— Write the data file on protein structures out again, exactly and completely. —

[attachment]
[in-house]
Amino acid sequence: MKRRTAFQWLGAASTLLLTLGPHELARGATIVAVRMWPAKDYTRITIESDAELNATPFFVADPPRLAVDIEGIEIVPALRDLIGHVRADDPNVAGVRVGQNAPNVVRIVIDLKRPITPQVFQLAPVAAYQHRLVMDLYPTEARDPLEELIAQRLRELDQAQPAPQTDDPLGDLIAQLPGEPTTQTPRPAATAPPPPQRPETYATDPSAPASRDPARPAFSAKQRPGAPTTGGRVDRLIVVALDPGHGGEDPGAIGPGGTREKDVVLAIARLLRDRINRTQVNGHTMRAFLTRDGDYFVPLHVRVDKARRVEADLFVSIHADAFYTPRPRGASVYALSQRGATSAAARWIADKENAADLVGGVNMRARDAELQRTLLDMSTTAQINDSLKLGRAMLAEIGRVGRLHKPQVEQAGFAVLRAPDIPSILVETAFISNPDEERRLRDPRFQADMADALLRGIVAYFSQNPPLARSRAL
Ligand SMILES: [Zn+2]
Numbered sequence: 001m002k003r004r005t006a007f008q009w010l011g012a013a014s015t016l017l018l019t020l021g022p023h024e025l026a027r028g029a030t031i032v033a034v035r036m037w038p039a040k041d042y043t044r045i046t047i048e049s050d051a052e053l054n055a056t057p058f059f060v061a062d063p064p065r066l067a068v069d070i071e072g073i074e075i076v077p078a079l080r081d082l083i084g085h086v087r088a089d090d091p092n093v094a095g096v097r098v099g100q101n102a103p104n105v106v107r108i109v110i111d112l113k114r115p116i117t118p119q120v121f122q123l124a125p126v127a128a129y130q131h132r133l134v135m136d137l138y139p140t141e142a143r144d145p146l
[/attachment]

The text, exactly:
[in-house]
Amino acid sequence: MKRRTAFQWLGAASTLLLTLGPHELARGATIVAVRMWPAKDYTRITIESDAELNATPFFVADPPRLAVDIEGIEIVPALRDLIGHVRADDPNVAGVRVGQNAPNVVRIVIDLKRPITPQVFQLAPVAAYQHRLVMDLYPTEARDPLEELIAQRLRELDQAQPAPQTDDPLGDLIAQLPGEPTTQTPRPAATAPPPPQRPETYATDPSAPASRDPARPAFSAKQRPGAPTTGGRVDRLIVVALDPGHGGEDPGAIGPGGTREKDVVLAIARLLRDRINRTQVNGHTMRAFLTRDGDYFVPLHVRVDKARRVEADLFVSIHADAFYTPRPRGASVYALSQRGATSAAARWIADKENAADLVGGVNMRARDAELQRTLLDMSTTAQINDSLKLGRAMLAEIGRVGRLHKPQVEQAGFAVLRAPDIPSILVETAFISNPDEERRLRDPRFQADMADALLRGIVAYFSQNPPLARSRAL
Ligand SMILES: [Zn+2]
Numbered sequence: 001m002k003r004r005t006a007f008q009w010l011g012a013a014s015t016l017l018l019t020l021g022p023h024e025l026a027r028g029a030t031i032v033a034v035r036m037w038p039a040k041d042y043t044r045i046t047i048e049s050d051a052e053l054n055a056t057p058f059f060v061a062d063p064p065r066l067a068v069d070i071e072g073i074e075i076v077p078a079l080r081d082l083i084g085h086v087r088a089d090d091p092n093v094a095g096v097r098v099g100q101n102a103p104n105v106v107r108i109v110i111d112l113k114r115p116i117t118p119q120v121f122q123l124a125p126v127a128a129y130q131h132r133l134v135m136d137l138y139p140t141e142a143r144d145p146l